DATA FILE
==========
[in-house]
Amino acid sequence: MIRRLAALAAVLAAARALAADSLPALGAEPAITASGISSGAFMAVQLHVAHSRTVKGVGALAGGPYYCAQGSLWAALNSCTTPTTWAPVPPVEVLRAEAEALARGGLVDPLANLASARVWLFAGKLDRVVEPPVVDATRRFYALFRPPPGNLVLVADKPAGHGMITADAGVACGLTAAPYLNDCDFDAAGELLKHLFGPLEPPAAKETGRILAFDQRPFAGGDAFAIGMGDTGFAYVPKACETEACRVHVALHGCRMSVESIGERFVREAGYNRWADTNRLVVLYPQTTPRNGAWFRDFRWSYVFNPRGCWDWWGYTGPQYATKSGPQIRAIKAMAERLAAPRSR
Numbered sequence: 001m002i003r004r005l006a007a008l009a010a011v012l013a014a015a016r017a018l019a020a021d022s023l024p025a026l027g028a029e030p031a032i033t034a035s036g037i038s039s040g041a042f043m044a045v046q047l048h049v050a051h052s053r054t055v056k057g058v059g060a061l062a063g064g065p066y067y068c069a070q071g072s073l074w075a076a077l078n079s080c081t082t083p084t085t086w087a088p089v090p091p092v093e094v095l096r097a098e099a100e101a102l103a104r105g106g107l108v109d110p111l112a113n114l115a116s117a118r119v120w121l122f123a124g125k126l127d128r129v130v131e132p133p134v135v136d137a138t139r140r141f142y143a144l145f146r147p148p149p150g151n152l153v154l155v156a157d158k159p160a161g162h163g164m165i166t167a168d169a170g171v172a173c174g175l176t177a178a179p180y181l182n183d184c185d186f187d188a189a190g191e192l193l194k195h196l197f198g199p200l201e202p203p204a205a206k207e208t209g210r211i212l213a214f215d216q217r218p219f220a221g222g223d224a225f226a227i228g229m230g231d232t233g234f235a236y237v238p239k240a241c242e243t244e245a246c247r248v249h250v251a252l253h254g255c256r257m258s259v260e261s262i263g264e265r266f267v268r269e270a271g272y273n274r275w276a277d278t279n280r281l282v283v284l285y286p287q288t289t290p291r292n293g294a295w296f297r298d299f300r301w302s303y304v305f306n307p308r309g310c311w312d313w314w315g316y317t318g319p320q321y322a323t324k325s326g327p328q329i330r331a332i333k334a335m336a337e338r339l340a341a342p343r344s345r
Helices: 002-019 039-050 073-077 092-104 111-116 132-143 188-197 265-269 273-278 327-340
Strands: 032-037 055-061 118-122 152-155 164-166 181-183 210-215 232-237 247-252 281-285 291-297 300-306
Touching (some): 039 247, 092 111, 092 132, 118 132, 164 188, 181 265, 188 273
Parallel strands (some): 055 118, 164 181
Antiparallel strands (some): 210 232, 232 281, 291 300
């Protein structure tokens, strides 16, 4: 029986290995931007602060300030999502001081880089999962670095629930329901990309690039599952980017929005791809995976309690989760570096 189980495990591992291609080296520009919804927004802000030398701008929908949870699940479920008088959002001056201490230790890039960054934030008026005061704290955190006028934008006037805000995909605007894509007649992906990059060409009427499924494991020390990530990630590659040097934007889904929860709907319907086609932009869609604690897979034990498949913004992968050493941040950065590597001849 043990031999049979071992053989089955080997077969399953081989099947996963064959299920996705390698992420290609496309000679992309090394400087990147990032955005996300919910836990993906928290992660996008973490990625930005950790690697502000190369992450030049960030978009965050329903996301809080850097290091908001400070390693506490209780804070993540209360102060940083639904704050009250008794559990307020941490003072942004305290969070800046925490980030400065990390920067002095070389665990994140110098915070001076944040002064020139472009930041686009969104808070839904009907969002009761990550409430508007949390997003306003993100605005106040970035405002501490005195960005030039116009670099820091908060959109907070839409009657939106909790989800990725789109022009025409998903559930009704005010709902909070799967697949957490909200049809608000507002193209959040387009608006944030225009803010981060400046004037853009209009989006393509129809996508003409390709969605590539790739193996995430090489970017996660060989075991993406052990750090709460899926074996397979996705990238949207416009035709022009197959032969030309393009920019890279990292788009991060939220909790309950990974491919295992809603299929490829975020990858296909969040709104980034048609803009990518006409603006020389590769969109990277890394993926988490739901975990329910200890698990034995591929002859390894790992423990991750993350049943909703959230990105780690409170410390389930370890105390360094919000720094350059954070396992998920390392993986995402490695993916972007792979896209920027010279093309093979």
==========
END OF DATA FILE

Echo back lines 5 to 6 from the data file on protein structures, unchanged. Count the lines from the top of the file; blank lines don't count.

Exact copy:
Strands: 032-037 055-061 118-122 152-155 164-166 181-183 210-215 232-237 247-252 281-285 291-297 300-306
Touching (some): 039 247, 092 111, 092 132, 118 132, 164 188, 181 265, 188 273